Just because he was like this little pebble in my shoe, constantly there and constantly annoying me, I decided to try to ride again. Yeah, I sucked badly at first. I couldn’t believe how bad I was, how bad my arms pumped up, how badly out of shape I was… Wait that I could believe.
Keefer let me keep a Suzuki 450 he had (with Suzuki’s blessing) and I’ve been slowly getting back into it. Got the suspension set up for me, got some new gear, dialed in the bike a bit better than it initially was and, heck, I even ate crap and couldn’t really move for two days.
I’ve been trying to ride once a week, but haven’t met that goal yet and, yes, I’m terrible (it’s amazing I used to be pro, tabletops scare me now), yes I’m out of shape and get arm pump just looking at my bike, but you know what? It’s been fun getting back to riding. Having the feeling of hitting a berm right, having to remember what to do when things are coming at you fast and just getting roosted takes you back to why you started riding dirt bikes in the first place.
We all get caught up in this world we live in covering dirt bike racing, travelling, working regular jobs or whatever it is. It’s a good thing for all of us to get back onto a bike though. Dirt bikes are why you are reading this, dirt bikes are why I’m writing this and so if you haven’t ridden in a while, what’s stopping you?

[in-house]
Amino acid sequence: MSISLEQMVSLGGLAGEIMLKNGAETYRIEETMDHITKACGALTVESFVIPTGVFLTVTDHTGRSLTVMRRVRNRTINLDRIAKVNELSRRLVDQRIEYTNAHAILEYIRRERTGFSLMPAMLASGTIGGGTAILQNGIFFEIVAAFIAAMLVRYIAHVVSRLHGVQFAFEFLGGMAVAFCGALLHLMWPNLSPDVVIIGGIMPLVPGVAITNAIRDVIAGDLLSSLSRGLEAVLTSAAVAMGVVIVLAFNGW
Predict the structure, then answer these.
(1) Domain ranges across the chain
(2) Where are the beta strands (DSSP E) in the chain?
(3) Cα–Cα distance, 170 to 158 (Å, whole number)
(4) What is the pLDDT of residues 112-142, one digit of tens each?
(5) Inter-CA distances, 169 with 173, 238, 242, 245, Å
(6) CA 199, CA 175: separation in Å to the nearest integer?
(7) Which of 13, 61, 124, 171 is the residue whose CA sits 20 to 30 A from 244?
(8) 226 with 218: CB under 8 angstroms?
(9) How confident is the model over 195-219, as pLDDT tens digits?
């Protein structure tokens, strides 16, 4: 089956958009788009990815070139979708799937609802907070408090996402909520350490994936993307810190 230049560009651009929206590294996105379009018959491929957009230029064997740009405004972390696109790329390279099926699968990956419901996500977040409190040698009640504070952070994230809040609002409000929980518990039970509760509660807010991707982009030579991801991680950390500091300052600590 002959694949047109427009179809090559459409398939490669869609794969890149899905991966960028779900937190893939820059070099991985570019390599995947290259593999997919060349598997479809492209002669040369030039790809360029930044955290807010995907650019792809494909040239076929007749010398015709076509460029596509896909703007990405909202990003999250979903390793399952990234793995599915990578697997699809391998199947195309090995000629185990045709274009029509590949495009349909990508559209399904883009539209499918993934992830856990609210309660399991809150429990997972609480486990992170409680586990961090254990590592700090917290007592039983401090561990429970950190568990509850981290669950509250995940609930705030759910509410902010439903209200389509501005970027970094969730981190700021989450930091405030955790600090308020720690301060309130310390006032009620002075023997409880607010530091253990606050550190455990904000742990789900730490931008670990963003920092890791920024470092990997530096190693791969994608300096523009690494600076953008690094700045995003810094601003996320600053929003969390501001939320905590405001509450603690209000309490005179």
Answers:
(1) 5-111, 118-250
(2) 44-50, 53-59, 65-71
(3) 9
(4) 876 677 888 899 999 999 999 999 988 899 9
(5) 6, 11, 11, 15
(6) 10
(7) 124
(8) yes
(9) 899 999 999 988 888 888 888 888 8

Honda's Christian Craig announced recently that his 450SX fill-in for Cole Seely has become permanent and he’ll ride 450MX as well for the HRC Honda squad. This past weekend he grabbed the holeshot in the main event (his starts had left him recently), which was great, but then he cross-rutted before the first lap was over and went down. That was bad.
I caught up to Christian after the main event to get to the bottom of everything.
Steve Matthes: On the Pulp Show this past Monday, we talked about your starts. You said, yeah, they have gone away. I agreed. Then tonight you got the holeshot. You were leading. It was looking so good. Then what happened?
Christian Craig: Well, first off, I give the props to Steve, Pulp Show. You really brought back my starts. It’s all you. Obviously, I got off to a good start, holeshotted. Haven’t done that in a while, so that felt good. Led half a lap, then cross-rutted, went right into a tuff block and decided to slide into first base off the track. Sitting there waiting for people to go by to get my bike, I was just furious.
Can we talk about the Jagger Craig tantrum where you jumped up and down a little bit?